Meretz activists protested Saturday evening outside the home of the left-wing party’s rebel MK Ghaida Rinawie Zoabi, calling on her to resign after she and another coalition lawmaker voted to help defeat a key bill, further unsettling the already trembly government.
Both Rinawie Zoabi and Ra’am MK Mazen Ghanaim are facing pressure to resign after voting with the opposition against a measure to renew the application of Israeli law to settlers in the West Bank. The Islamist Ra’am party’s three other Knesset members abstained, as did rebel Yamina MK Idit Silman of Prime Minister Naftali Bennett’s party, and the bill failed to pass in Monday’s 58-52 vote.
In a statement, the protesters said Rinawie Zoabi’s conduct could bring down the coalition “and lead to a government of darkness led by [Itamar] Ben Gvir, [Bezalel] Smotrich and [Benjamin] Netanyahu,” referring to a pair of far-right opposition MKs and the former prime minister.
Images from the demonstration in the northern town of Nof Hagalil showed a handful of protesters near Rinawie Zoabi’s home.
Ahead of the protest, Kan news said that Meretz and Ra’am told Bennett that they had lost control of Rinawie Zoabi and Ghanaim, who have rejected calls to resign and have promised to vote against the bill if it’s brought to a vote again.
According to the report, some Arab mayors are also now urging Rinawie Zoabi to give up her seat.
מחאה מול ביתה של ח״כ @GhaidaZoabi בנוף הגליל. המפגינים קראו לחברת הכנסת להתפטר מהכנסת ולהציל את ממשלת השינוי. ״אנו, אזרחים ואזרחיות מודאגים, רואים את התנהלות חברת הכנסת המסכנת את הממשלה ועלולה להביא לממשלת חושך בראשות בן גביר, סמוטריץ' ונתניהו. ח״כ זועבי חייבת לסיים את תפקידה" pic.twitter.com/EAo0AS1NoM
— החדשות – N12 (@N12News) June 11, 2022
On Friday, Foreign Minister Yair Lapid warned the coalition’s various rebels that “anyone endangering this government from within should know they’ll pay a price.”
After losing its Knesset majority in April following Silman’s resignation from the coalition, the government has limped from one crisis to the next. Rinawie Zoabi announced she was quitting the coalition last month before reversing her decision days later, though she still voted against the so-called West Bank bill this week.
The failed vote on the bill was seen by many, including Justice Minister Gideon Sa’ar, who spearheaded it, as a test of how long the coalition could push on.
Zoabi reiterated in an interview with Channel 12 on Saturday that she has no intention of resigning from Knesset.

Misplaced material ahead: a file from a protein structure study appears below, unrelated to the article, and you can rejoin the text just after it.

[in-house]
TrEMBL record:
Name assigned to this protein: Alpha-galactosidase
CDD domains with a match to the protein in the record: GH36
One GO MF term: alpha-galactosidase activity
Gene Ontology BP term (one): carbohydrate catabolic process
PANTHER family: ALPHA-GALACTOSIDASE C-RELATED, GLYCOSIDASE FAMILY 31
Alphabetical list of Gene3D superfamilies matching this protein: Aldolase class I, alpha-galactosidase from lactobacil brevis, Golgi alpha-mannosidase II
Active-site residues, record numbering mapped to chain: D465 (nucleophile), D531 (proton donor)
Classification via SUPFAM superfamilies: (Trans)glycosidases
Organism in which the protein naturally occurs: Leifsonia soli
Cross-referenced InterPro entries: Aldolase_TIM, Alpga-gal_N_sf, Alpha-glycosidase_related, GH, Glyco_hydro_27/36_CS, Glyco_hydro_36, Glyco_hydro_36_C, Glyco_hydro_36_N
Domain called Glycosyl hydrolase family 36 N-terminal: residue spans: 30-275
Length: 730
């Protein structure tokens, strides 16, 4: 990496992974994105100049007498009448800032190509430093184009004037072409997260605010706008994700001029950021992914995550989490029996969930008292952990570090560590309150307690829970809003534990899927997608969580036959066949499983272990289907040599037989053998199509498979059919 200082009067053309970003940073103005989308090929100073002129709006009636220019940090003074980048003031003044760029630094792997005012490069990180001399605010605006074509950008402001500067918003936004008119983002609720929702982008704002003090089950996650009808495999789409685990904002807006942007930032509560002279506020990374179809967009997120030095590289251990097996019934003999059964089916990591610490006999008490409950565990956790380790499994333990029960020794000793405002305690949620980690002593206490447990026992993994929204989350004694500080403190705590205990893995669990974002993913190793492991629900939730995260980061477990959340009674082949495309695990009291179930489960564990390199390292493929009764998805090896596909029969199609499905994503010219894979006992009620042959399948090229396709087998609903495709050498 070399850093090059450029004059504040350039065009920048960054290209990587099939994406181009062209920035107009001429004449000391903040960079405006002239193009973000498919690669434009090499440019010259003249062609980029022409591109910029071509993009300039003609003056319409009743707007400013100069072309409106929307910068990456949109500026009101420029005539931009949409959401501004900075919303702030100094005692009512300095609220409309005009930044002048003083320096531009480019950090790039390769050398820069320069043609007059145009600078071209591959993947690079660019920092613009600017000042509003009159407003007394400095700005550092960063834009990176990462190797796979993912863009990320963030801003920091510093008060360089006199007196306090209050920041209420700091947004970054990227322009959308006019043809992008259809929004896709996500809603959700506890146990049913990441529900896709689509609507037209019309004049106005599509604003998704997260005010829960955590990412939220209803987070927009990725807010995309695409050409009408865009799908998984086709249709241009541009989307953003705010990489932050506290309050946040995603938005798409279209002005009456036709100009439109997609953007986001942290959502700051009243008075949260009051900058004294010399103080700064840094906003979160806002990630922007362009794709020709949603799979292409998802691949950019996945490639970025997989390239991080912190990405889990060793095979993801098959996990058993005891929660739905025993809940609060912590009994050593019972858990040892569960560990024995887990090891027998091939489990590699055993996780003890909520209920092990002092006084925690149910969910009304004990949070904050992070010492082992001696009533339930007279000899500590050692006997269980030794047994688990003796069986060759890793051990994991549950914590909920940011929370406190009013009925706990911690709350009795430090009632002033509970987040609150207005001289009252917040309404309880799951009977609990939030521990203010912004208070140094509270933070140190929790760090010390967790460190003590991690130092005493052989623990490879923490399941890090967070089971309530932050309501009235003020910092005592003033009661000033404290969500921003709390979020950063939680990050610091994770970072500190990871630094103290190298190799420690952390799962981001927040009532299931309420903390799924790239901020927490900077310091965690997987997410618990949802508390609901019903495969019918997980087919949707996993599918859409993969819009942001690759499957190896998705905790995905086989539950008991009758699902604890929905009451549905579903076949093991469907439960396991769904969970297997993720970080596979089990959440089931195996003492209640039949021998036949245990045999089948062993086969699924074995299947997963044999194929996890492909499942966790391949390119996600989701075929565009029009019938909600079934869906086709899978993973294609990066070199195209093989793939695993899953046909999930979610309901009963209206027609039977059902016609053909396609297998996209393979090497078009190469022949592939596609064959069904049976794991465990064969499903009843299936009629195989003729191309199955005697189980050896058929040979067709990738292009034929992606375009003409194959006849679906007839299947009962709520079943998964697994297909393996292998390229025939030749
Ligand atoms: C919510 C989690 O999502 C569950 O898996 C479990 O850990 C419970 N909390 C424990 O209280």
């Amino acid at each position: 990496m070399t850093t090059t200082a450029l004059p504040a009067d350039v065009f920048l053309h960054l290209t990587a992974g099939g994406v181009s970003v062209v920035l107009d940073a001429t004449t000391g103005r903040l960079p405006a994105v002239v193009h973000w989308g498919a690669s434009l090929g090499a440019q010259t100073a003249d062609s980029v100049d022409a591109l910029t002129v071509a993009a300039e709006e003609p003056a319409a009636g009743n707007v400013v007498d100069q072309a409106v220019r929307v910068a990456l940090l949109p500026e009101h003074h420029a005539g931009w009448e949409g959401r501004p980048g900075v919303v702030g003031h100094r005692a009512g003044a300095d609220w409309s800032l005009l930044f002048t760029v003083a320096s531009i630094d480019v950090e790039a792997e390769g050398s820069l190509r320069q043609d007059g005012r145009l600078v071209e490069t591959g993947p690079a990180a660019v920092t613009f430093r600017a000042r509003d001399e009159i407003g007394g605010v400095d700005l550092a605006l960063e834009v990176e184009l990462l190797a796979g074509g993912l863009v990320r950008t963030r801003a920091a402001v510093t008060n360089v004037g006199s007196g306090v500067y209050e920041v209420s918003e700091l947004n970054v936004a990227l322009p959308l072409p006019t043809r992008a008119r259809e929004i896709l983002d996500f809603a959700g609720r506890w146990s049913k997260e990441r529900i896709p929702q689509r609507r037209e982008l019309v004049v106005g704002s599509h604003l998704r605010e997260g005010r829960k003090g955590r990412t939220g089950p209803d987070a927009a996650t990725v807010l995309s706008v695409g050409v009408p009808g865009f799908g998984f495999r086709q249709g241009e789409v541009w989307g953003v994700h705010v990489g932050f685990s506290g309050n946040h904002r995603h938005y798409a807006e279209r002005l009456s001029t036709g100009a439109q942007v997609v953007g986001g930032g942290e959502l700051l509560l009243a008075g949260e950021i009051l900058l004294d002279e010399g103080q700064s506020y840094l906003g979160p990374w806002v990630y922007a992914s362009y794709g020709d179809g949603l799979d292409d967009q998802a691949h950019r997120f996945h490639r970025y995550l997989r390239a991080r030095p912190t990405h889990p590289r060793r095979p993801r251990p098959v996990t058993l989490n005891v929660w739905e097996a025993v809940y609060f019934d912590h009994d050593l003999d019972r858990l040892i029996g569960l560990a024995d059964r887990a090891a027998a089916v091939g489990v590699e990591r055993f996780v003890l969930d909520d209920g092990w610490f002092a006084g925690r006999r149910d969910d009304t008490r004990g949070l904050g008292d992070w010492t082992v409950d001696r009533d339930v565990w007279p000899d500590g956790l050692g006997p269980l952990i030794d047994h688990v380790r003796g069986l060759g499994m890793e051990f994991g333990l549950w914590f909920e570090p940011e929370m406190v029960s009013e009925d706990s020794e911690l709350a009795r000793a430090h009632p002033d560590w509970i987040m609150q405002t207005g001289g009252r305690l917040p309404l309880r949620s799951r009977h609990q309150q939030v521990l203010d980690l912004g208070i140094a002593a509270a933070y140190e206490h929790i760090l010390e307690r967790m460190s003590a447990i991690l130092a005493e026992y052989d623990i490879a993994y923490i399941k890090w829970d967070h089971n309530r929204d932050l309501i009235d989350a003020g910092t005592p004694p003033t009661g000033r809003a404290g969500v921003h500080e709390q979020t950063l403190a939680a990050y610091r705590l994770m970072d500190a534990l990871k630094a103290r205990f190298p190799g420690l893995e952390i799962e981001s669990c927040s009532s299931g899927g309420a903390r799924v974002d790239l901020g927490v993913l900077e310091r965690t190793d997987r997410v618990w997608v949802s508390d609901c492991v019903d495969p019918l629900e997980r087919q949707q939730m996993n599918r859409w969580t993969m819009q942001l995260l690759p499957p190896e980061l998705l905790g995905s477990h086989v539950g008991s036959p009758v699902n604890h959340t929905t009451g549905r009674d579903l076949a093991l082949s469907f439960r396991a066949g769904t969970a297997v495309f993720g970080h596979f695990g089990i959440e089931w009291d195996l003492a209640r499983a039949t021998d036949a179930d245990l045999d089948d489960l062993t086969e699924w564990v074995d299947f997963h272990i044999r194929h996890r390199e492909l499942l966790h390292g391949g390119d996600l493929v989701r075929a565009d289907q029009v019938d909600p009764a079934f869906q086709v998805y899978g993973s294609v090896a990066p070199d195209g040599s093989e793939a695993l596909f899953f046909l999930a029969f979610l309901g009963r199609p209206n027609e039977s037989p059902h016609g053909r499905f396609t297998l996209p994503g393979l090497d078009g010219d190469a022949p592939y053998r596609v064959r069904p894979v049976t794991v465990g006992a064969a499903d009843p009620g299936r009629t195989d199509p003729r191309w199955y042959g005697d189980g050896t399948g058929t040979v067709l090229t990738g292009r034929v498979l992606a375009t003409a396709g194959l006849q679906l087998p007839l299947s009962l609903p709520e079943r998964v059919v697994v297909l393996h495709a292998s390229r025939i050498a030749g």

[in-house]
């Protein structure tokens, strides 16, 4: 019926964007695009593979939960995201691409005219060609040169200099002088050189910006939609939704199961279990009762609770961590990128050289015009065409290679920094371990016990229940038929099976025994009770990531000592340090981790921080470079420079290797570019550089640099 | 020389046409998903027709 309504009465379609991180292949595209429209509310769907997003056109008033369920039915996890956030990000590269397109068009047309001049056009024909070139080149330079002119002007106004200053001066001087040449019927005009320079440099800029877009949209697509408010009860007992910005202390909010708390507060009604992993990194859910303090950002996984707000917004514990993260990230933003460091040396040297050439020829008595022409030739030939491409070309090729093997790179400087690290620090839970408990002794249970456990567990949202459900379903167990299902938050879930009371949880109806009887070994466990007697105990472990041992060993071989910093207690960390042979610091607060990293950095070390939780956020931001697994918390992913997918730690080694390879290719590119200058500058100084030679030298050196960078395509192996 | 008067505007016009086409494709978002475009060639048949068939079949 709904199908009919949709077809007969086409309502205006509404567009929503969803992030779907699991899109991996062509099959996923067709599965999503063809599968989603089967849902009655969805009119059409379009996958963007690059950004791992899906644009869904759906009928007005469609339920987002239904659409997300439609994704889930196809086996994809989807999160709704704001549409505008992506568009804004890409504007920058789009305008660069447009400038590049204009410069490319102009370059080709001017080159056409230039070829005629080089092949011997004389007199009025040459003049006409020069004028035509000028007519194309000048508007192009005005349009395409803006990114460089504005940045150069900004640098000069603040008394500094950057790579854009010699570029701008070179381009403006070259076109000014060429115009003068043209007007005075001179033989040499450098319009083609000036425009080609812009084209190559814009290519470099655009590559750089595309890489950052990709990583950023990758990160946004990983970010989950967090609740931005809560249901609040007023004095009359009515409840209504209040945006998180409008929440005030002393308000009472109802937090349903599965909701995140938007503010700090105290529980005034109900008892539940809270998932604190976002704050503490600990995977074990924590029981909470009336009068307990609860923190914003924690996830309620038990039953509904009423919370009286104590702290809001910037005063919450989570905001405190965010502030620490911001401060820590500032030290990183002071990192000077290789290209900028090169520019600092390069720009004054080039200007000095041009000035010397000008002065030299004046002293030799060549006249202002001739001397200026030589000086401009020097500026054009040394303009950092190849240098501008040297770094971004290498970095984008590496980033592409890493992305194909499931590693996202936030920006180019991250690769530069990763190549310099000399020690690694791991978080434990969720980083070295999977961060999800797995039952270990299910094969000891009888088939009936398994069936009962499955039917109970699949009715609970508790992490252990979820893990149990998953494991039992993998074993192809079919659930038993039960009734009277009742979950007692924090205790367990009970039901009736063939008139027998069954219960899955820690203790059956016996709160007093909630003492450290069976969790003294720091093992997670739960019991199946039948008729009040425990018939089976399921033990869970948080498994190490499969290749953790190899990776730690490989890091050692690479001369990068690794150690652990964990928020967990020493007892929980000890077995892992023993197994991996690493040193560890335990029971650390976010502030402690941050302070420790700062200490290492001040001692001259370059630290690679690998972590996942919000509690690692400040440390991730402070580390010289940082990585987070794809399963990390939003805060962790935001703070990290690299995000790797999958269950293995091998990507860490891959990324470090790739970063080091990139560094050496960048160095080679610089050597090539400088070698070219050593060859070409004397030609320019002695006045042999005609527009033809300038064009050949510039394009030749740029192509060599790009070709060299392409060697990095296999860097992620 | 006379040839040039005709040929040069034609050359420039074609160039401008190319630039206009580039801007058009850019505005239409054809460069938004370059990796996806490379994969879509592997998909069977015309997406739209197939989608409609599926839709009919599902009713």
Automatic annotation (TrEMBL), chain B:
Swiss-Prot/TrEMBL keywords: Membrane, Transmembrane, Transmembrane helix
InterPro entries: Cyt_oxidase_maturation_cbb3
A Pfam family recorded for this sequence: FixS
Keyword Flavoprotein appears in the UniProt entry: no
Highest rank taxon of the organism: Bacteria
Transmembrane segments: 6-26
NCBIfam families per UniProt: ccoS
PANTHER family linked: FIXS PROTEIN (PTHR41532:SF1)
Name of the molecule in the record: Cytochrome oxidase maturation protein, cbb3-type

“The coalition’s Jewish politicians want us as a tool to use, Silman and Shaked are the ones who are dismantling the coalition,” she said.
Zoabi claimed that ministers broke the status-quo within the coalition when they pushed for certain right-wing bills, pointing the finger at Interior Minister Ayelet Shaked and Yamina MK Nir Orbach. She claimed that Sa’ar had warned the coalition’s left-wing lawmakers to not vote against the so-called West Bank bill, threatening that “things will happen.”
“I’m in a situation where I have no faith in certain party heads within the coalition,” she said. “I’ve tried several times to go their way and got nothing in return.”
On Saturday, Lapid assailed Netanyahu in a Facebook post after the latter shared an article claiming that as part of his efforts to get Rinawie Zoabi back into the fold, Lapid had agreed to repopulate two Arab villages destroyed in 1948.
Denying the opposition leader’s claims as “bald-faced lies,” Lapid added that “you have to pinch yourself in order to believe that this man was ever prime minister.”
The latest threat to the coalition is now thought to be Orbach, who was at the center of speculation on Thursday as the latest potential defector in the government.
The Yamina MK has publicly denied persistent reports that he is negotiating with Netanyahu to potentially join Likud and form an alternate government. But sources close to Orbach have told Hebrew-language media that he is exploring such a possibility.
Channel 12 reported on Friday that Orbach has given Bennett an ultimatum to solve his problems with renegade MKs in Meretz and Ra’am within a week, or he could support a vote of no confidence in the government.
The right-wing MK has been pegged as a flight risk in recent months since Silman’s defection and has issued ultimatums for his continued support of the government.
Three polls this week showed Netanyahu’s opposition bloc reaching 60 seats in the 120-seat Knesset if elections were held today.